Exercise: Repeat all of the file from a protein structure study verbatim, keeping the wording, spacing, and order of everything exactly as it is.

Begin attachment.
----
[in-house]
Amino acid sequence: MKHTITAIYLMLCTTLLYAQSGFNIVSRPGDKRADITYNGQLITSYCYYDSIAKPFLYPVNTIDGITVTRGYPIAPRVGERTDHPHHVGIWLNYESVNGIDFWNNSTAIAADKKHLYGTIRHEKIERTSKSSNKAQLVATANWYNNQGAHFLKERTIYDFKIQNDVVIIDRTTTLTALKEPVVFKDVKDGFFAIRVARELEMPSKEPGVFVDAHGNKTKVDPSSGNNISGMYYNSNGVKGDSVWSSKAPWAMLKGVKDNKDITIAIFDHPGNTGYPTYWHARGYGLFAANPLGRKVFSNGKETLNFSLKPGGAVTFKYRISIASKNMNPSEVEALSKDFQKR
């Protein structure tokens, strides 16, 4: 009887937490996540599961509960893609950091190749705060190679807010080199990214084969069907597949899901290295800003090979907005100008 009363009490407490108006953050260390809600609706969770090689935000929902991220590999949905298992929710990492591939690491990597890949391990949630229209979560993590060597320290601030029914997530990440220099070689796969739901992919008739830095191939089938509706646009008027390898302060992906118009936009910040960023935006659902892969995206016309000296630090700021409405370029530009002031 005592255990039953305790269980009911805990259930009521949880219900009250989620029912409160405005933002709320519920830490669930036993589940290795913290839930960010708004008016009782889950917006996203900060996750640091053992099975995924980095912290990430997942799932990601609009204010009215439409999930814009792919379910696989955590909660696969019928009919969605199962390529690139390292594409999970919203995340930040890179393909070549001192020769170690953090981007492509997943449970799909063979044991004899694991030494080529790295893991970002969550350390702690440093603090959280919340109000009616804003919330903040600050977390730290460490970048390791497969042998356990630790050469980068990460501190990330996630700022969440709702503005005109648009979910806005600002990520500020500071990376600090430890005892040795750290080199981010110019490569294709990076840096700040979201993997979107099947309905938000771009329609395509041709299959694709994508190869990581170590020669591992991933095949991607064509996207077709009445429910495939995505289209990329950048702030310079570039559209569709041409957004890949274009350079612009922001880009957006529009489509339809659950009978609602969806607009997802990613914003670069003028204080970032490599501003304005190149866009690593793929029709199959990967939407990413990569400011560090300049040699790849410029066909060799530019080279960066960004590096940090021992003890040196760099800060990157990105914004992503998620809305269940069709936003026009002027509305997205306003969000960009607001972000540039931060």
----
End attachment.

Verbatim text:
[in-house]
Amino acid sequence: MKHTITAIYLMLCTTLLYAQSGFNIVSRPGDKRADITYNGQLITSYCYYDSIAKPFLYPVNTIDGITVTRGYPIAPRVGERTDHPHHVGIWLNYESVNGIDFWNNSTAIAADKKHLYGTIRHEKIERTSKSSNKAQLVATANWYNNQGAHFLKERTIYDFKIQNDVVIIDRTTTLTALKEPVVFKDVKDGFFAIRVARELEMPSKEPGVFVDAHGNKTKVDPSSGNNISGMYYNSNGVKGDSVWSSKAPWAMLKGVKDNKDITIAIFDHPGNTGYPTYWHARGYGLFAANPLGRKVFSNGKETLNFSLKPGGAVTFKYRISIASKNMNPSEVEALSKDFQKR
């Protein structure tokens, strides 16, 4: 009887937490996540599961509960893609950091190749705060190679807010080199990214084969069907597949899901290295800003090979907005100008 009363009490407490108006953050260390809600609706969770090689935000929902991220590999949905298992929710990492591939690491990597890949391990949630229209979560993590060597320290601030029914997530990440220099070689796969739901992919008739830095191939089938509706646009008027390898302060992906118009936009910040960023935006659902892969995206016309000296630090700021409405370029530009002031 005592255990039953305790269980009911805990259930009521949880219900009250989620029912409160405005933002709320519920830490669930036993589940290795913290839930960010708004008016009782889950917006996203900060996750640091053992099975995924980095912290990430997942799932990601609009204010009215439409999930814009792919379910696989955590909660696969019928009919969605199962390529690139390292594409999970919203995340930040890179393909070549001192020769170690953090981007492509997943449970799909063979044991004899694991030494080529790295893991970002969550350390702690440093603090959280919340109000009616804003919330903040600050977390730290460490970048390791497969042998356990630790050469980068990460501190990330996630700022969440709702503005005109648009979910806005600002990520500020500071990376600090430890005892040795750290080199981010110019490569294709990076840096700040979201993997979107099947309905938000771009329609395509041709299959694709994508190869990581170590020669591992991933095949991607064509996207077709009445429910495939995505289209990329950048702030310079570039559209569709041409957004890949274009350079612009922001880009957006529009489509339809659950009978609602969806607009997802990613914003670069003028204080970032490599501003304005190149866009690593793929029709199959990967939407990413990569400011560090300049040699790849410029066909060799530019080279960066960004590096940090021992003890040196760099800060990157990105914004992503998620809305269940069709936003026009002027509305997205306003969000960009607001972000540039931060």